It is down to Bulgarian burial rites that I saw a dead body for the first time. Its departed owner was one of my pupils, Petya Dubarova.
The story of Petya Dubarova is known to all Bulgarians who have any interest in literature. It was alleged that during the compulsory weekly work practice class based in the local state brewery Petya had stopped the production line by obstructing the gears of the conveyor belt. Her teacher reported that this cost the state company thousands of leva in lost income. At the weekly teachers' meeting, Petya's behaviour mark was reduced. Some teachers pleaded for leniency but were steamrollered by a majority intent on making an example.
Until 1990, it was an extraordinary aspect of the Bulgarian education system that individual teacher's marks for academic ability and collective marks for behaviour remained the most influential factor in determining a student's progress into higher education. The marking system was still open to abuse and not easily challenged. How the news of Petya's reduced behaviour mark must have been received in the Dubarova household – particularly as Petya's mother was a teacher.
The English Language School, where I taught Petya, was one of a few specialist "gymnasia." Entry to these elite institutions was by competitive examination, oddly enough in maths, Bulgarian literature and "political culture," held across the whole region as far as Sliven and Yambol, and only children of the Communist elite could expect a relatively trouble-free acceptance.
In one of her satirical poems, Petya wrote ironically about the "advantages" of being an envied pupil of the school and describes its obtrusive atmosphere of fear. The school's director and deputy director lived with the stress of close political scrutiny – managing a school that taught a capitalist language and which was filled with highly intelligent, often privileged and sometimes arrogant pupils. They had mainly been chosen mainly on the basis of their Communist Party antecedents and certainly not for their knowledge of the English language or culture.
The outcome of the teachers' meeting following the factory incident was entirely predictable. Similar meetings would routinely reduce pupils' behaviour marks for such crimes as unexcused absences, smoking in public and close-cropped heads – a protest against the ban on long hair. Without a great deal of discussion Petya's behaviour mark was reduced.
Interestingly, it was later alleged that Petya's boyfriend, Vlado, had managed to repair the assembly line with a matchstick and that the beer factory had never been officially informed of the incident, so the losses cited by the teacher might have been imaginary.
On 3 December Petya broke with her usual rhyming stanzas to write the following inscrutable lines:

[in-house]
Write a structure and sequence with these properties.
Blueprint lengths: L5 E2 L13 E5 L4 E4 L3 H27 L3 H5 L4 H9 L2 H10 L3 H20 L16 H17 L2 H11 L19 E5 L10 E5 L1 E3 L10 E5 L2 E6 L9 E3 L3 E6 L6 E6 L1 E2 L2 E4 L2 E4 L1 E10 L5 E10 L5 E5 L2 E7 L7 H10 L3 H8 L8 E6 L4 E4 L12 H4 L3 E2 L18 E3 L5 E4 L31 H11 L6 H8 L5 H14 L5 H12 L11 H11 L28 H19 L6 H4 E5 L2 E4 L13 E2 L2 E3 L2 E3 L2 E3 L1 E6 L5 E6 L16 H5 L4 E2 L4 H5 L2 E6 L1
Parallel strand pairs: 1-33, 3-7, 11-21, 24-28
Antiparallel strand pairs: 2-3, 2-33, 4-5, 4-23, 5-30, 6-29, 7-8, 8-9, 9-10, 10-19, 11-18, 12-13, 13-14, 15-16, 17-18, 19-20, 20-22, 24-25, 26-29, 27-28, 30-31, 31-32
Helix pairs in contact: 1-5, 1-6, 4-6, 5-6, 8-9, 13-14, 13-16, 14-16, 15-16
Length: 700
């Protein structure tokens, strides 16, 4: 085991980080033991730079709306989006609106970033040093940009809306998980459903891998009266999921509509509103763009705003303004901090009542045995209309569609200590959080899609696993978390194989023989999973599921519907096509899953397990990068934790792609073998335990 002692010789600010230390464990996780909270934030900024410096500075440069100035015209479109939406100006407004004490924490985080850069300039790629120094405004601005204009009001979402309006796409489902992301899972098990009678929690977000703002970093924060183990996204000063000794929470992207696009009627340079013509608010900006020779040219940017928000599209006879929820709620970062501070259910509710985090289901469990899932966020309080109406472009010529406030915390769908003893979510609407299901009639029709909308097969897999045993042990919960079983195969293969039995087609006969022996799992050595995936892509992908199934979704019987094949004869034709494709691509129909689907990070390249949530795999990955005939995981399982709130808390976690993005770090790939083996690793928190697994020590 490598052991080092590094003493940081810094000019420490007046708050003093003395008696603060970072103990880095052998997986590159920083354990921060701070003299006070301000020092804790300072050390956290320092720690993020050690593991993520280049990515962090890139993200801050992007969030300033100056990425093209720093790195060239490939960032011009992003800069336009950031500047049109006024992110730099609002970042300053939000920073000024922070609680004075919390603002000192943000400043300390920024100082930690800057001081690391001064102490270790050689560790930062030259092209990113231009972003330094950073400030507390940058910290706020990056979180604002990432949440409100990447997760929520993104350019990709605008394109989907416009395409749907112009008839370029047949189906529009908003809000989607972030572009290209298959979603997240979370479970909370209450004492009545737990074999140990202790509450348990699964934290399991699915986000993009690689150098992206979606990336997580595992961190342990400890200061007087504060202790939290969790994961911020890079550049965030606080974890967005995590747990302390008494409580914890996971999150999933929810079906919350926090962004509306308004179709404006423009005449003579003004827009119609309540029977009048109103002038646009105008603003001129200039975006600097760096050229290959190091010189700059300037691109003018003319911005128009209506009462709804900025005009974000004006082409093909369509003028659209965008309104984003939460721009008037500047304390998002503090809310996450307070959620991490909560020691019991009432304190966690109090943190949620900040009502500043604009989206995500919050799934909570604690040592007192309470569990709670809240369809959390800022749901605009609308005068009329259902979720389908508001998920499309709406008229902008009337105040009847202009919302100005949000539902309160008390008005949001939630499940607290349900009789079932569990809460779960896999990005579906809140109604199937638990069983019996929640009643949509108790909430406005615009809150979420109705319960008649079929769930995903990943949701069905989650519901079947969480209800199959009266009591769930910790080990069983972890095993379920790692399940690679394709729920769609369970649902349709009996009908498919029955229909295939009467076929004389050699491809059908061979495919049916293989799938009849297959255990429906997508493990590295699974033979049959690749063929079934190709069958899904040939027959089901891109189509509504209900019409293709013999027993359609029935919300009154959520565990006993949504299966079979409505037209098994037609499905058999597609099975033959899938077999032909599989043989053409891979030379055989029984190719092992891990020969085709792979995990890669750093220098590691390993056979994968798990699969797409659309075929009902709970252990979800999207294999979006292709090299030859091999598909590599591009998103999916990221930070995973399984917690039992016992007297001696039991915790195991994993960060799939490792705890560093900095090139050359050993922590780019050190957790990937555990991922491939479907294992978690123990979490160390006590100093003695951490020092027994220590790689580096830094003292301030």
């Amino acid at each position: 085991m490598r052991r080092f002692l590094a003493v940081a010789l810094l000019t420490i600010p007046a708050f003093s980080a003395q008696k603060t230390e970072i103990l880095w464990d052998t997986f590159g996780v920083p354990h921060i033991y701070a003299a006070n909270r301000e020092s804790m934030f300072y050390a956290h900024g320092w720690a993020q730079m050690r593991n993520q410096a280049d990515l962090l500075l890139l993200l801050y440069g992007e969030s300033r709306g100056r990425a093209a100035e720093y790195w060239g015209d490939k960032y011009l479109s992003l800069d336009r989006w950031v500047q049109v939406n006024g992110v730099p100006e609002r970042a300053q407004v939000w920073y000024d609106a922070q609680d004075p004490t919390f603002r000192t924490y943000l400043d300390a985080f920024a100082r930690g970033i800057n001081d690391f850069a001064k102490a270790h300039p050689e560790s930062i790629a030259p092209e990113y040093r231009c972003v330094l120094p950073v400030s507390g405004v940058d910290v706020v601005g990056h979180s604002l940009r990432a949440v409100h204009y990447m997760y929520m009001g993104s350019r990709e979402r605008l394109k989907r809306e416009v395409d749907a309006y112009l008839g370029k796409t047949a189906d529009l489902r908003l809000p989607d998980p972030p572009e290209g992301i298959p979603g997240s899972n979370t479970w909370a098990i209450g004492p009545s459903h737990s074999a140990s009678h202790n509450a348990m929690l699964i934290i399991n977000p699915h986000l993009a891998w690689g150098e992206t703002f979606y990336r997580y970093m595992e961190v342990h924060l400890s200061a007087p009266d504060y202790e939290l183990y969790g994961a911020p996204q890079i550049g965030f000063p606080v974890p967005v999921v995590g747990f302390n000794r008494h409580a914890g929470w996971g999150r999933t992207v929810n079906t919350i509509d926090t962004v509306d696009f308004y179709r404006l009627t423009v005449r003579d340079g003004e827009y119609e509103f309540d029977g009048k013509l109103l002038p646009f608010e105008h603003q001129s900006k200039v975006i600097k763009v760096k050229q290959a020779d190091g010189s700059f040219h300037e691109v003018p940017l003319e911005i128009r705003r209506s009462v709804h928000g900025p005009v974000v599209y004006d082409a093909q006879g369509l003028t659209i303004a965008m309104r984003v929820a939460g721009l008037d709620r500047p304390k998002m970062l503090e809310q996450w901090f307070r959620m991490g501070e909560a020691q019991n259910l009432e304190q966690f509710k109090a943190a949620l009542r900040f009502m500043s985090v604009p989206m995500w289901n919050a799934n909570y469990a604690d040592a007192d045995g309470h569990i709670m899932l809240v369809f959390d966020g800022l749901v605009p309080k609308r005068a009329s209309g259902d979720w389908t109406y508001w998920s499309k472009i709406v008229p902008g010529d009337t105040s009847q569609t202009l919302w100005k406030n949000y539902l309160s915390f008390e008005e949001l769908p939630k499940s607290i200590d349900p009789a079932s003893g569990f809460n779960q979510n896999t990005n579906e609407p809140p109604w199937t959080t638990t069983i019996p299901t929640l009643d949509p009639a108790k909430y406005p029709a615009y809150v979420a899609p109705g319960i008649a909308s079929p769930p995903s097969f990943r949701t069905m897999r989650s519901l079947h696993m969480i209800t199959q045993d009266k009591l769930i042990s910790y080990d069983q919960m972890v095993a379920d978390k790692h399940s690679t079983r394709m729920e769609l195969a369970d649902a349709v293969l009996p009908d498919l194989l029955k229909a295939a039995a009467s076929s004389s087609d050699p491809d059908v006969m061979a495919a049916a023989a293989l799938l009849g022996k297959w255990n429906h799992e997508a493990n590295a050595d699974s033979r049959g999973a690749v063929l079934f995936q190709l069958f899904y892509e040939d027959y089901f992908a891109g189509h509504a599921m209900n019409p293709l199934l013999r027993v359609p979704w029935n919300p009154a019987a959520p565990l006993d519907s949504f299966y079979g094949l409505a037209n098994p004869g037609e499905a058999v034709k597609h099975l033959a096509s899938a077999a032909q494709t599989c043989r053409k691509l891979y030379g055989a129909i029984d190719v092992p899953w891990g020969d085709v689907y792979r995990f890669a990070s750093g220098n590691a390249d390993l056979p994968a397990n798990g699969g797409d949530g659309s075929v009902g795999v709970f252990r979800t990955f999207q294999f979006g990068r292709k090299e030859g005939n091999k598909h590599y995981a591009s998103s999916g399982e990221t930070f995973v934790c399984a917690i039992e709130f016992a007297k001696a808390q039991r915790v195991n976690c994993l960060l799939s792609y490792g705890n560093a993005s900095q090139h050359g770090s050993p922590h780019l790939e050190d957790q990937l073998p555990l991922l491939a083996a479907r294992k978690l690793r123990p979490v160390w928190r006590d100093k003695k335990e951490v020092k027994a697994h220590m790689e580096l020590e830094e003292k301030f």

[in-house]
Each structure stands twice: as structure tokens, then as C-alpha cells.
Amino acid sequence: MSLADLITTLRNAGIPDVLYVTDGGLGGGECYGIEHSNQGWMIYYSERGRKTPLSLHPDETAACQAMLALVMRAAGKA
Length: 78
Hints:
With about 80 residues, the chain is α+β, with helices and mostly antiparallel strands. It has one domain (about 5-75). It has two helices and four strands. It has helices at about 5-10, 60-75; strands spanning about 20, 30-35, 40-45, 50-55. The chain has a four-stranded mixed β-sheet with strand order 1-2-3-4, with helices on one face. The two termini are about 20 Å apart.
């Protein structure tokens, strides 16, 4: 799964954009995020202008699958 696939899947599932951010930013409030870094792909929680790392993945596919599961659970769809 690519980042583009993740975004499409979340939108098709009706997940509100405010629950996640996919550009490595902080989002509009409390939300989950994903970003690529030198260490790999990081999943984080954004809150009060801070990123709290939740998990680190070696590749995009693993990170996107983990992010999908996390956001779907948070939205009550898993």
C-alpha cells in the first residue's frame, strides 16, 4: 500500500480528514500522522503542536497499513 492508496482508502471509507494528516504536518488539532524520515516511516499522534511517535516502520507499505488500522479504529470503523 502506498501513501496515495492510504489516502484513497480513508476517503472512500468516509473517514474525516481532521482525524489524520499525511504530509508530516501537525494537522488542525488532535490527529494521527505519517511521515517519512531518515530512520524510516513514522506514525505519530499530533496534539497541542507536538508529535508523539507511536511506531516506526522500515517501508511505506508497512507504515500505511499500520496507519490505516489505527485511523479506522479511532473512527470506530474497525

Behind the walls of the big house
By 4 December she had taken an overdose and so joined the extraordinary number of Bulgarian poets who had committed suicide. Her death was immediately linked to the zealous disciplinary action taken against her by her school.
There was an anxious discussion in the teachers' room whether any of us should attend the wake. The news of Petya's suicide had so stunned my colleagues that even the Communist Party zealots were reduced to helpless humans, and in the lack of direction, in the vacuum, younger voices were listened to. As the Englishman who had not attended that fatal teachers' meeting, I was asked if I would accompany her form teacher to ensure the school's presence at the wake. Separately three other teachers also took flowers.
A dead body in Bulgaria must be buried within a few days. The evening and night before the coffin is taken to the cemetery, the body lies in an open casket in the front room of the family home. Having received an emergency lesson in etiquette from my wife, I led the way through a hostile group of neighbours gathered round the Dubarova gate, up the steps of the typical two-storey house and straight into the tiny front room. The smell of flowers and candle wax was overpowering, as was the sound of continuous suppressed weeping from Petya's immediate family, jammed onto chairs around the coffin, allowing only the narrowest passageway for mourners to pay their respects.
Only Petya's face was visible. Her body was covered in flowers that threatened to overflow onto the floor. I placed my bunch carefully and approached her face. It was as I imagined it would be. The cheeky liveliness had gone to be replaced by a horrible white calm. I muttered prepared words to her mother and stumbled out down the staircase to await my colleague.